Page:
The economic downturn has dipped into university budgets nationwide and spawned controversial education spending legislation, squeezing families and financial aid offices to make ends meet and siphoning money out of long term endowments.
Here at the University of Chicago, day-to-day operations?including undergraduate financial aid packages?have not felt the brunt of the economic hardship, but the University?s long-term endowment has suffered.
The University?s 2002 annual report stated that the drop in the endowment had reached $260 million, or 7.4 percent, by the end of the 2001-2002 fiscal year. However, according to Philip Halpern, chief investment officer, the University has yet to feel the effect of the decrease, because the endowment, which is composed of money withdrawn from invested funds, ?lags? behind the current economy by about two years.
Last year, in fact, after the endowment had decreased for the second straight year for the first time since 1974, the payout grew by 26 percent, according to the report.
?You don?t get the pain right away,? Halpern said, adding that the University has positioned its investment portfolio defensively. ?I don?t think anybody anticipated the length or the degree of the decline.?
The 2002 endowment dropped 7.4 percent, exceeding an estimated national average 6.0 percent drop among institutions of higher education, according to a recent report by the National Association of College and University Business Officers. According to the statistics, schools with larger endowments tend to perform better than the average. The University of Chicago had the 14th largest endowment in the survey of 556 institutions.
Donald Reaves, chief financial officer for the University, maintained that the financial troubles in the University are similar to those at all other elite institutions. He left open the possibility, though, that darker times lay ahead, predicting that next year ?the growth in income will not be as great.?
?If the markets continue to decline, at some point, even using a lag, you could experience negative growth [in the payout],? Reaves said. ?If we have problems, it won?t be until fiscal year ?05.?
In the meantime, tuitions nationwide continue to rise. This year tuition for the College will jump 5.1 percent for the second straight year. Last year?s tuition increase generated an extra $16.9 million.
Tuition increases are necessary to maintain the school?s competitiveness, Reaves said, adding that other comparable schools, including many in the Ivy League, are increasing their tuition fees by 5.2 percent.
?We?re one of the top schools in the nation academically,? he said. ?We want to provide a top-notch education and that?s expensive.?
With the rate of rising tuition double that of inflation over the last decade, higher education finance reform has become a central legislative issue.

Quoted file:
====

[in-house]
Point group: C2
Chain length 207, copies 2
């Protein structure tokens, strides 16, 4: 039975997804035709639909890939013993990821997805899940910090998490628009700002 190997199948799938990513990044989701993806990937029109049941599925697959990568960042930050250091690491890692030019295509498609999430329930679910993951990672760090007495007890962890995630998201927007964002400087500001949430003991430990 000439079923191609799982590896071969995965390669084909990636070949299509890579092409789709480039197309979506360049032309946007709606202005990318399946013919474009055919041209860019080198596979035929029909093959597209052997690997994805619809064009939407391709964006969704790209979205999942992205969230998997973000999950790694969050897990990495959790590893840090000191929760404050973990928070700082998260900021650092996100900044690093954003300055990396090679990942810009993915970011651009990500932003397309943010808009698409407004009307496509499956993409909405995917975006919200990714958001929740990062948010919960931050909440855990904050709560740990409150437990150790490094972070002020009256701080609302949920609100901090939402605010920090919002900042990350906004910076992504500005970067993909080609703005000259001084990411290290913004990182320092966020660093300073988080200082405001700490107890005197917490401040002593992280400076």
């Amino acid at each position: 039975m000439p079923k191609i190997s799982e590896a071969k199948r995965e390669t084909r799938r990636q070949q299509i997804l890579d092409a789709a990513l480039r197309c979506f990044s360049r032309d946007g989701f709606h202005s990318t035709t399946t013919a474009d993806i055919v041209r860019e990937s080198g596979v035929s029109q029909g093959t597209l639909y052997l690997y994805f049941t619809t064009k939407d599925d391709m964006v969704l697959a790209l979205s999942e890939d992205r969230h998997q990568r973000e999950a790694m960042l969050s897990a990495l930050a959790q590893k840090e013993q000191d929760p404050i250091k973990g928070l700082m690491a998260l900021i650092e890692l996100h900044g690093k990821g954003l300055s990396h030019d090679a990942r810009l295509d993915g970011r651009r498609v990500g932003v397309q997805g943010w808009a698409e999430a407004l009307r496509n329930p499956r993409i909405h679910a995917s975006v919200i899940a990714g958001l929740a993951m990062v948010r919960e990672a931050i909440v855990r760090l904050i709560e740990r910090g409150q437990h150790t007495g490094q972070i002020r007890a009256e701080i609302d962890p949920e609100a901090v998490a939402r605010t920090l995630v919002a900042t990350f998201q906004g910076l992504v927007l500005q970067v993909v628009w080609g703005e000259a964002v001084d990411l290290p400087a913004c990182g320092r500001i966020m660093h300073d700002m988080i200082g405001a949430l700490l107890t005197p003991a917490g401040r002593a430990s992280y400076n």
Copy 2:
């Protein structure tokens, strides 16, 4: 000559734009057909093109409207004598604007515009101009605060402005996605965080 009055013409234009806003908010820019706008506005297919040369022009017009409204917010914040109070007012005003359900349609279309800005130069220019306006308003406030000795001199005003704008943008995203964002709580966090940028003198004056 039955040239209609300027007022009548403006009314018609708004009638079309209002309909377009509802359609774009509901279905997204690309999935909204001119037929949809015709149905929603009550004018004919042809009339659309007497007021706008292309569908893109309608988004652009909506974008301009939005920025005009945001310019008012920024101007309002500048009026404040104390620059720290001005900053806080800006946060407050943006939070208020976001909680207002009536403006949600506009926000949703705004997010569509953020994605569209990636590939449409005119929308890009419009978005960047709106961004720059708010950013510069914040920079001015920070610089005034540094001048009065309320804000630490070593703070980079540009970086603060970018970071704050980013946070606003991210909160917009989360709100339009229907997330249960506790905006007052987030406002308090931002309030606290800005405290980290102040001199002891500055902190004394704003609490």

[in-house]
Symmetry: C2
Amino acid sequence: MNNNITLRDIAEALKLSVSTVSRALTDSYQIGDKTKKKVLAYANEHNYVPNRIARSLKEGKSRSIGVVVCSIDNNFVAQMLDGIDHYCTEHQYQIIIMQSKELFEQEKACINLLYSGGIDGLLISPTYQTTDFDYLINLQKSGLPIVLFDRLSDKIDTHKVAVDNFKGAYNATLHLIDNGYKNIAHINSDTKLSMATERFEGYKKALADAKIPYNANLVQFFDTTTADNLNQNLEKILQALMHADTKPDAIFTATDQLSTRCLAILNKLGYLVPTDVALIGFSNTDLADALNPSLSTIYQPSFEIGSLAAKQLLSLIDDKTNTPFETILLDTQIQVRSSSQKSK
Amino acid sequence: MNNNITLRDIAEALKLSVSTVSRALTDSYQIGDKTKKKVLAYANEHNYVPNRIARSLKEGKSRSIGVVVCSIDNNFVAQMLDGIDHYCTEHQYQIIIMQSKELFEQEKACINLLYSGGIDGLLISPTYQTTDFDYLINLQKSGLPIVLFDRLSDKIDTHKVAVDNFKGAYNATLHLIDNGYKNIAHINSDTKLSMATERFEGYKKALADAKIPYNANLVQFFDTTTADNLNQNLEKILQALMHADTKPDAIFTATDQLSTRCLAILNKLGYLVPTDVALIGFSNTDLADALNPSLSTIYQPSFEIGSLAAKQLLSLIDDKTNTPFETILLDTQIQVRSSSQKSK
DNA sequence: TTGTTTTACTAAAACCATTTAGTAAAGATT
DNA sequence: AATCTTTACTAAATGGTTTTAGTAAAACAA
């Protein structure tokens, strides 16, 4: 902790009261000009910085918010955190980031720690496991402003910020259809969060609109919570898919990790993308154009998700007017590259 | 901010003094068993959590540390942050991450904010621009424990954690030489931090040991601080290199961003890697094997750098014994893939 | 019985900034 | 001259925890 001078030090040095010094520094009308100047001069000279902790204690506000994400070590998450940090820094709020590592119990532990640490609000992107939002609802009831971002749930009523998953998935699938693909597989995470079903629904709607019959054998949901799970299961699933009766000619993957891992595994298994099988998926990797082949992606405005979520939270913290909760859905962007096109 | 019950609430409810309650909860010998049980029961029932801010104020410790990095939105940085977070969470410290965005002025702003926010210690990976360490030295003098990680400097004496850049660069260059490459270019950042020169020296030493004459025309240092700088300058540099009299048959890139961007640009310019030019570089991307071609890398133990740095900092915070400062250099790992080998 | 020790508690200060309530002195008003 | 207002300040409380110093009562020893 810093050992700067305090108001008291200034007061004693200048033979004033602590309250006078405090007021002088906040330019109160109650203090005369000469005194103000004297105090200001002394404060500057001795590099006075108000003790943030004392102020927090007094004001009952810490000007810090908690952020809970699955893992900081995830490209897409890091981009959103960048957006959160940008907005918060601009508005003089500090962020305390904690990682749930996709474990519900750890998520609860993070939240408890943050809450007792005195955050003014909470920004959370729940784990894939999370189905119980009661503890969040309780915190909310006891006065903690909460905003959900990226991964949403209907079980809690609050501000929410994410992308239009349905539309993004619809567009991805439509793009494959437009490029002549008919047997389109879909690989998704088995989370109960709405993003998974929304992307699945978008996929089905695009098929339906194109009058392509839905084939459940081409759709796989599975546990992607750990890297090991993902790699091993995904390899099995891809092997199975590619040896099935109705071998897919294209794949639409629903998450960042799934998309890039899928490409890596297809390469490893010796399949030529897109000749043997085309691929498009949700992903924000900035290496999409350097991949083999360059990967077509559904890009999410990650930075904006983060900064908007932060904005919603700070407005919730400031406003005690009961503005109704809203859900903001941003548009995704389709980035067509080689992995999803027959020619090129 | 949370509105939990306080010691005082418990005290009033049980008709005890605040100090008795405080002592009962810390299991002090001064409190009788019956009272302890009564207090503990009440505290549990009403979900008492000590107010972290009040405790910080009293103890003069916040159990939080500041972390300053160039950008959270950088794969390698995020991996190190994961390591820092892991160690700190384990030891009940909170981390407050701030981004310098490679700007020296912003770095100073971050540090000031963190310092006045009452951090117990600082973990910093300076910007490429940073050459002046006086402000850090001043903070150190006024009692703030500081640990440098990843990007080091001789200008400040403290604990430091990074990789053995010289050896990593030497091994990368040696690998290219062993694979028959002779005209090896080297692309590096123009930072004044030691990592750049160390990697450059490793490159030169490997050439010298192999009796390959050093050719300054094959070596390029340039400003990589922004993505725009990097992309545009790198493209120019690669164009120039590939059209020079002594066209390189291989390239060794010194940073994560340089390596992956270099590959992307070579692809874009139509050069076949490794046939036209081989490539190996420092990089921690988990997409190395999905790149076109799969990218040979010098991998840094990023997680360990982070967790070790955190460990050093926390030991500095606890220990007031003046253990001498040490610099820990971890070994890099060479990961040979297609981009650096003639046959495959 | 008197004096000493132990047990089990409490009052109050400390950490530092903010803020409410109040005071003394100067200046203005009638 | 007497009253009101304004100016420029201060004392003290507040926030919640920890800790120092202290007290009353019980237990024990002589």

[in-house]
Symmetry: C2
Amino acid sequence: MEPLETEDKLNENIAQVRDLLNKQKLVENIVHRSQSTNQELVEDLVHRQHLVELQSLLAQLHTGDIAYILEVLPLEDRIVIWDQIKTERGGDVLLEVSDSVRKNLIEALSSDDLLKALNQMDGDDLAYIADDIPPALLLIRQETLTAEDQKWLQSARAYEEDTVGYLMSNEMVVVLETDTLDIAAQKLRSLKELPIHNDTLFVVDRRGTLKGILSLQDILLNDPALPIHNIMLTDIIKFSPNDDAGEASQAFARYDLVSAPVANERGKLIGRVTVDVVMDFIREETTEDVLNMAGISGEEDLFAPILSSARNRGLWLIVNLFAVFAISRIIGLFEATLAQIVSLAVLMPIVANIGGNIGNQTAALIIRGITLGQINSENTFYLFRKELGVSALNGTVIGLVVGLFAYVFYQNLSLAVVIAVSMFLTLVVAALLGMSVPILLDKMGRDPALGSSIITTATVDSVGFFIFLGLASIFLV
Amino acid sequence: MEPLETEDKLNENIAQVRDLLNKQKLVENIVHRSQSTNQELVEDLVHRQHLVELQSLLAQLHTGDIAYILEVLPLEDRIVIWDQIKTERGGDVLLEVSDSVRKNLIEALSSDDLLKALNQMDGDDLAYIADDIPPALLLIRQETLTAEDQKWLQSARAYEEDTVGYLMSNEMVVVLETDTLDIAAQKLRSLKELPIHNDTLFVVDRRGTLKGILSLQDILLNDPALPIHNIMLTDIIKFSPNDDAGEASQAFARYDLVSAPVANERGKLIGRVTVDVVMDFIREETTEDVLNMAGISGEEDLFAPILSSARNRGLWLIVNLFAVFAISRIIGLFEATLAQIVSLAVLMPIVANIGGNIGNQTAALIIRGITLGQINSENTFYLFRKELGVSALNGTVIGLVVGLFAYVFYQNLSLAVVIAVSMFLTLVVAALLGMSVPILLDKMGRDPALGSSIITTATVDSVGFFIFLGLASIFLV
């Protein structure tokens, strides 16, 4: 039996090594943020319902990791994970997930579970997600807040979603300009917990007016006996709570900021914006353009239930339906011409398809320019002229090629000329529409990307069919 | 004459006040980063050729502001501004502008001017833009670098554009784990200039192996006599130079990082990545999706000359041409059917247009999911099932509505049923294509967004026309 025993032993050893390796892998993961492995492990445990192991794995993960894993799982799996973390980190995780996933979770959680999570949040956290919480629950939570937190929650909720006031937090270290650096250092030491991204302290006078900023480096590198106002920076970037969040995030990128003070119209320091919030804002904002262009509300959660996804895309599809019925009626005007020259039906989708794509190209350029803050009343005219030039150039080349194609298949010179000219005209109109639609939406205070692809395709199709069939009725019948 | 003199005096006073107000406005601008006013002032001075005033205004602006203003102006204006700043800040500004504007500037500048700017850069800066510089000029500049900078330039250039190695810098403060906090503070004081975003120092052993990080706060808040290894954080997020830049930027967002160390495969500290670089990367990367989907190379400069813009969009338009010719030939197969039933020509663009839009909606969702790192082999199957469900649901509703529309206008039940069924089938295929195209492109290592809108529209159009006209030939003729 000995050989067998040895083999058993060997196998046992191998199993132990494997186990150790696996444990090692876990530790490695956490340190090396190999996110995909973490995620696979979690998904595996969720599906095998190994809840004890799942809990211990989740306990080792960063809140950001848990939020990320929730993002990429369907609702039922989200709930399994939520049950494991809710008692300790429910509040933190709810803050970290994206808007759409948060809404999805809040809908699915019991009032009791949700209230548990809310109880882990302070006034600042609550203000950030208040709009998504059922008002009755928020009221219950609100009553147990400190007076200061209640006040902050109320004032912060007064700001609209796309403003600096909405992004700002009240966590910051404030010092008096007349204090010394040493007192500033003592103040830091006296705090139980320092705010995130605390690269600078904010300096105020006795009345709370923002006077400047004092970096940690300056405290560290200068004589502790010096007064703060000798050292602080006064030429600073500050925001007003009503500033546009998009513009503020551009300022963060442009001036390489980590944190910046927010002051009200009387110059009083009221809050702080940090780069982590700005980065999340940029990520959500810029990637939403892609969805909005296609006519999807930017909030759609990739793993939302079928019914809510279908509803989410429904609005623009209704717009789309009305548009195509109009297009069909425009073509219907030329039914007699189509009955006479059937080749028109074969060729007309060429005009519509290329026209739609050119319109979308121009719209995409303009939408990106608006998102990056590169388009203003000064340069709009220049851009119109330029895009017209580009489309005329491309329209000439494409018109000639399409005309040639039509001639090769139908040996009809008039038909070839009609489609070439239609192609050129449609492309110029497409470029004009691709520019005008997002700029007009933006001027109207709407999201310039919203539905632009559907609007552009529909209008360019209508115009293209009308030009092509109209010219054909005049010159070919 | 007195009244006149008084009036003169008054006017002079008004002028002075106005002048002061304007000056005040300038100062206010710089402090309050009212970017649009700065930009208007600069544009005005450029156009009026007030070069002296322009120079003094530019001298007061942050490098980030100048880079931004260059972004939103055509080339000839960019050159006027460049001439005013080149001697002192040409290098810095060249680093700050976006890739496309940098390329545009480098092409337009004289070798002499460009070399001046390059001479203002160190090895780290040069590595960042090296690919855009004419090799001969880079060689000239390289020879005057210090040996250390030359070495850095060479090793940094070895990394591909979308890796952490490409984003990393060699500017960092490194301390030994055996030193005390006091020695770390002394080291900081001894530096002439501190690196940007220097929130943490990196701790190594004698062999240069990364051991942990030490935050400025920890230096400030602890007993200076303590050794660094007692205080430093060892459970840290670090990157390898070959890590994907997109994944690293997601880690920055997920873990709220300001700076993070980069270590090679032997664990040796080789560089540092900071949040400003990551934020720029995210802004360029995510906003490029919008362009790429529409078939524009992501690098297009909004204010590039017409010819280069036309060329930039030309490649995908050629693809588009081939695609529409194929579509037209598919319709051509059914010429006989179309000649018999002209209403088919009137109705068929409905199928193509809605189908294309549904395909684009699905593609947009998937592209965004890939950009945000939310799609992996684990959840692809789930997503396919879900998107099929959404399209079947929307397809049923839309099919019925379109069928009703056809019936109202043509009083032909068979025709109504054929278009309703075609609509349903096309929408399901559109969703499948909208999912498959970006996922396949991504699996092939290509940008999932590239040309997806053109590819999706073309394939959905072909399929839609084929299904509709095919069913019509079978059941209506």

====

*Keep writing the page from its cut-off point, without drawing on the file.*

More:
Colleges and universities across the country responded angrily to Rep. Howard McKeon?s (R-CA) recent proposed tuition increase cap.
The American Council on Education called the proposal ?irresponsible,? and the National Association of Independent Colleges and Universities agreed, arguing that the cap would only hurt low-income students by taking away their financial aid.
A report by the National Center for Public Policy and Higher Education described the increases in public college and university tuitions, which averaged 10 percent nationally in 2002. According to the report, Illinois increased its tuitions by nine percent, while some states saw increases of 20 percent.
Illinois families wrung by the increased state tuition found no help from the state, the report said. While tuitions rose, the overall amount of student aid given by Illinois decreased by 10 percent.
At the University of Chicago, financial aid packages have increased alongside the tuition hikes. Between 2001 and 2002, as the University?s net tuition income increased by $16.9 million, student aid across the University increased by $7.4 million, to $138.4 million.
Alicia Reyes, director of College aid, has seen the weakening economy intensify angst among students and their families?including those who have lost jobs, become ?underemployed,? and even those not directly affected by the economy.
?There are concerns, more than last year and the year before,? Reyes said, adding, however, that the percentage of applications for admission that included aid applications is about the same as last year and that the number of applications each year has been relatively steady.
Reyes said she had heard no discussion of the possibility of altering the university?s need-blind admissions policy over the next few years.
?There is a great emphasis being put on raising money for financial aid in the Chicago Initiative,? Reyes said. The Chicago Initiative is the University?s five-year campaign to raise $2 billion, $290 million of which will go toward protecting the University?s need-blind admission policy.
According to Reyes, approximately 45 percent of college students are now receiving need-based financial aid.
Like all other university operations, financial aid is partly paid for by charitable giving. In 2002, private gifts to American colleges and universities dropped 1.2 percent, to $23.9 billion, according to a recent report by the RAND Corporation Council for Aid to Education.
The RAND report stated that last year saw the first average decrease in gifts in over fifteen years, attributing the drop to the poor economy and stock market.
Though the national program has lost steam, the relative success of the Chicago Initiative has helped ensure the University?s financial security, Reaves said.
?Over time, as the markets recover, we think that we?ll be just fine,? he said.